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-- PeterBacchetti - 16 Jun 2012

In a study of how long participants survive or how long they go without experiencing a particular event of interest, fully describing how long they were observed is important. For those who experienced the event, follow-up is complete, regardless of when the event occurred, so follow-up time should be summarized for those who did not have the event while in the study (usually called censored observations). Often some of the study participants are lost to follow-up, resulting in shorter follow-up times than intended. These have greater potential to bias results, so describing them separately is usually warranted. The key elements to report are:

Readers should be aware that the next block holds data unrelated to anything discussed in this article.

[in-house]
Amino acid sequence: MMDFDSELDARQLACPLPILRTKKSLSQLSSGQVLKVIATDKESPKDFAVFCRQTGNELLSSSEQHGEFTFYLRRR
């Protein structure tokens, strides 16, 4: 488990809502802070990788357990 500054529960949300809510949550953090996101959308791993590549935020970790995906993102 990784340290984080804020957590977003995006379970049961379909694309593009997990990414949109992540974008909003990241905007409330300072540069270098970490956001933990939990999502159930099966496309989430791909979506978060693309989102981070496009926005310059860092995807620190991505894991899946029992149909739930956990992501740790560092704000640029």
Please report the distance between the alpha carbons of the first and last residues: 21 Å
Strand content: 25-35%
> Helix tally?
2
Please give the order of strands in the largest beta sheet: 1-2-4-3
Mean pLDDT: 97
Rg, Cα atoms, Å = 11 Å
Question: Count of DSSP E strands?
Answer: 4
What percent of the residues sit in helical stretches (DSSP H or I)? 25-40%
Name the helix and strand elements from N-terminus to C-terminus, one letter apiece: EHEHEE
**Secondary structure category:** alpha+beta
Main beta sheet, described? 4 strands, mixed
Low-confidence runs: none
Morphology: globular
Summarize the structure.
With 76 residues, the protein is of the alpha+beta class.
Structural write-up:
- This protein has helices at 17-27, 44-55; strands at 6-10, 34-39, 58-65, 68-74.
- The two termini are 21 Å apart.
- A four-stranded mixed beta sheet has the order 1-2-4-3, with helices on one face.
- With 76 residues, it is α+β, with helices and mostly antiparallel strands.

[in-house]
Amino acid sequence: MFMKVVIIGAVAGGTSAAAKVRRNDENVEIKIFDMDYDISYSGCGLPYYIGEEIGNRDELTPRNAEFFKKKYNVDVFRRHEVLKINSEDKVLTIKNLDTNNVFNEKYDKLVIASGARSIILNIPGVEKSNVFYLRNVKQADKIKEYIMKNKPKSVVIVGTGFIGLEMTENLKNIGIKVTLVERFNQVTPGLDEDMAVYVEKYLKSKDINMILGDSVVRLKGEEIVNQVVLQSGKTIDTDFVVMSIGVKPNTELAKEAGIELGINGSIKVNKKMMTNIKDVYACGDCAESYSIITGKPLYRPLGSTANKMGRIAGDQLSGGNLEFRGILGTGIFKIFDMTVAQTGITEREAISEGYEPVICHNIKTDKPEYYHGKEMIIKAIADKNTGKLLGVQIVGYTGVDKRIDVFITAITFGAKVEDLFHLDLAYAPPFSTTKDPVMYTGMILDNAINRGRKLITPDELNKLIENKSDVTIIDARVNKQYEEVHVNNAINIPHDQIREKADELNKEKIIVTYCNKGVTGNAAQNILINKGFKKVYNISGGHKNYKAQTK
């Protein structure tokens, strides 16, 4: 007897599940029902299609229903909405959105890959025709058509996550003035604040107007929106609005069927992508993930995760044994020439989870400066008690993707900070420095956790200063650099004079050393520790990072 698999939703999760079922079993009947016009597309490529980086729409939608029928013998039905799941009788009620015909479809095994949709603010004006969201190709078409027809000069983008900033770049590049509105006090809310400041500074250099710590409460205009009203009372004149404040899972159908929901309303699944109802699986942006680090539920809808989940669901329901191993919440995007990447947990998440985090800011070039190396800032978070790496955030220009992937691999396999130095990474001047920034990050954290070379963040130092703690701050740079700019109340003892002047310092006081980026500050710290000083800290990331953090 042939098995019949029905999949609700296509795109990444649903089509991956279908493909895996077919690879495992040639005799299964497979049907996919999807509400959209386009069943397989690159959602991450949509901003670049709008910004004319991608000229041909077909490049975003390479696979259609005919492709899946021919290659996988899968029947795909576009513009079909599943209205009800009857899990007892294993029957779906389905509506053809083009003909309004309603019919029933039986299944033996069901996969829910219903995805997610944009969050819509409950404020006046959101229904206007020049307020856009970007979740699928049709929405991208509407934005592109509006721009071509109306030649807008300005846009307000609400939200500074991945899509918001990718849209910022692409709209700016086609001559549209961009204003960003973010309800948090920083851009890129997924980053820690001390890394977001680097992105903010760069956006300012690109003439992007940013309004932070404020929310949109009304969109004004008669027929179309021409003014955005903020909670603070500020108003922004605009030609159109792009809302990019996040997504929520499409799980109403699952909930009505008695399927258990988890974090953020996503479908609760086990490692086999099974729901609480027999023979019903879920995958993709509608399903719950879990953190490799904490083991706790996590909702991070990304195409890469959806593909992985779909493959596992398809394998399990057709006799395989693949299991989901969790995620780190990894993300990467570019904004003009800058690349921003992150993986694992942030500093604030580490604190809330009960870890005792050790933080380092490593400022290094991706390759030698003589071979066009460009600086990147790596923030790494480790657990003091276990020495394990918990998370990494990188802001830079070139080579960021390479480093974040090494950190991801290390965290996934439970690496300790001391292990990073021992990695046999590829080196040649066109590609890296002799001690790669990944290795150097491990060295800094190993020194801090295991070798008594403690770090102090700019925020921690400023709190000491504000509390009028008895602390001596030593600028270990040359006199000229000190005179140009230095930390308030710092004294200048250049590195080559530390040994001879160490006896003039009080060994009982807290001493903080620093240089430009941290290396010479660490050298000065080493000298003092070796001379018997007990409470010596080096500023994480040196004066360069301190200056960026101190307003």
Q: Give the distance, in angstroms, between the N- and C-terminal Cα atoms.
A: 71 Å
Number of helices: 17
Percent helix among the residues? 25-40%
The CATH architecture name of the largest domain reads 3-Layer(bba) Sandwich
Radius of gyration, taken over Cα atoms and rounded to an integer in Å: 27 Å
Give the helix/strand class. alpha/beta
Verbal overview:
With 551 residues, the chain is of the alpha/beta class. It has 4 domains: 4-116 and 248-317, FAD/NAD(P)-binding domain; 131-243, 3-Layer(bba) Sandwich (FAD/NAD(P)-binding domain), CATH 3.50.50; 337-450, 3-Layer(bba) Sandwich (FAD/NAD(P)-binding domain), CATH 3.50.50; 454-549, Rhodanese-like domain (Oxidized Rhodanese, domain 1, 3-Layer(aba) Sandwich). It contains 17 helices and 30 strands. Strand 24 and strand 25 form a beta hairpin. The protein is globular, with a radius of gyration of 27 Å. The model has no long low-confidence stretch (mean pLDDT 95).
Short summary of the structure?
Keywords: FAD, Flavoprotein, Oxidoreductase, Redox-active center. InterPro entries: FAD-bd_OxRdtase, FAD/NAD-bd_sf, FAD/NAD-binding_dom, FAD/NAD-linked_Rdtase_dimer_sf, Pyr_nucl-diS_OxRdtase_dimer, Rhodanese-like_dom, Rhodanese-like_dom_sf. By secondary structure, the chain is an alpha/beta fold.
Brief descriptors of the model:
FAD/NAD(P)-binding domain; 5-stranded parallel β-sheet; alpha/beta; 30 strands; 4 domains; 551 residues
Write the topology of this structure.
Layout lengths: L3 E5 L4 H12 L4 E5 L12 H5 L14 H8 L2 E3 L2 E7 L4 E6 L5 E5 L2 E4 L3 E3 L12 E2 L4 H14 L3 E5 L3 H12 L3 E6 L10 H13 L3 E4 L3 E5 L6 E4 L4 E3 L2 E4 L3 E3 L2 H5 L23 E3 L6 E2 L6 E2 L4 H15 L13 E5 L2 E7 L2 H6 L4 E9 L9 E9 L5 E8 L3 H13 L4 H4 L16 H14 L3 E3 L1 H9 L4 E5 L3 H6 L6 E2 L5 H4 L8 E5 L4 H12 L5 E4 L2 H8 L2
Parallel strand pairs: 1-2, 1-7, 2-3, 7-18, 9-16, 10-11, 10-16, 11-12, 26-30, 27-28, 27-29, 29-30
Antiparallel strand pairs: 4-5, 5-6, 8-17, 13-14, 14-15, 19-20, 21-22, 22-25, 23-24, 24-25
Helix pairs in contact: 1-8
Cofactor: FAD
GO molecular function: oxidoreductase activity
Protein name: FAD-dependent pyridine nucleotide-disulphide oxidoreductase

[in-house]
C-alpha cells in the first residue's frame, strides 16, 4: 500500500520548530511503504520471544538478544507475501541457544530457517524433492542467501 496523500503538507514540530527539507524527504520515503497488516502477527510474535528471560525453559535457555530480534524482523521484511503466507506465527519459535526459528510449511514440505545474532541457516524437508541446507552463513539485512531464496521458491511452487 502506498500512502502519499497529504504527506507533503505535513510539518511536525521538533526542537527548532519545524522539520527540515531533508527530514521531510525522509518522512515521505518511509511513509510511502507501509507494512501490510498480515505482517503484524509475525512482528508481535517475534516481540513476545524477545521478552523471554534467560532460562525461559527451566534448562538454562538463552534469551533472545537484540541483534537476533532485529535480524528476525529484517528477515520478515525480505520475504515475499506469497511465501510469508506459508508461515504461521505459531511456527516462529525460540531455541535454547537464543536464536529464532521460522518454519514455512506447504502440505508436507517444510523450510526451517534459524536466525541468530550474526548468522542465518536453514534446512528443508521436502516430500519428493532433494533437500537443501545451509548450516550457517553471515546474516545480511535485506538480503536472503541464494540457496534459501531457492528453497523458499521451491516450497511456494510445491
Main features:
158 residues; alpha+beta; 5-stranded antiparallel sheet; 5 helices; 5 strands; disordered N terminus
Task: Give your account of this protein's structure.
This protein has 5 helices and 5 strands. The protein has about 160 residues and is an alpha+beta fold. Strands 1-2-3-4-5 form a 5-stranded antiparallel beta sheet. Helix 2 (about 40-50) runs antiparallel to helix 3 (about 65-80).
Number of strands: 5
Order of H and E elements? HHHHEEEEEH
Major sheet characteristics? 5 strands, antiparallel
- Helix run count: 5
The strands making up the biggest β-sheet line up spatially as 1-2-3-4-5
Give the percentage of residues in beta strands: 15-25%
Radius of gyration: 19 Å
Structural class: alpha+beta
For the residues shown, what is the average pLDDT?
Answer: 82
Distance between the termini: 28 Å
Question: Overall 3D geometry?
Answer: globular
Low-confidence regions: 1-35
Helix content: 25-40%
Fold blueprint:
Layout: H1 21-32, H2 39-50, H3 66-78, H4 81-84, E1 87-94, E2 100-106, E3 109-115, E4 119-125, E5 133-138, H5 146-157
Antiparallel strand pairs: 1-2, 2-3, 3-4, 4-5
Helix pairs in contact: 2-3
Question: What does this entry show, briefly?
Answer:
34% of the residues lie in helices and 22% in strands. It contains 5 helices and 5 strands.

• The number of study participants
  • How many of them were observed to have the event
  • How many were lost to follow-up
  • A summary of how long they were followed
  • What the intended follow-up plan was
  • A summary of how long the others with no event were followed
For example:

Among 250 total subjects, 100 died during follow-up. Of the 150 not known to have died, 10 were lost to follow-up after a median of 2.5 years (range 0.4 to 5.1), and the remaining 140 were censored at the end of our follow-up period at 12/31/2007 with a median follow-up time of 3.7 years (range 2.0 to 6.9).

Topic revision: r2 - 03 May 2013 - 19:01:50 - PeterBacchetti
 

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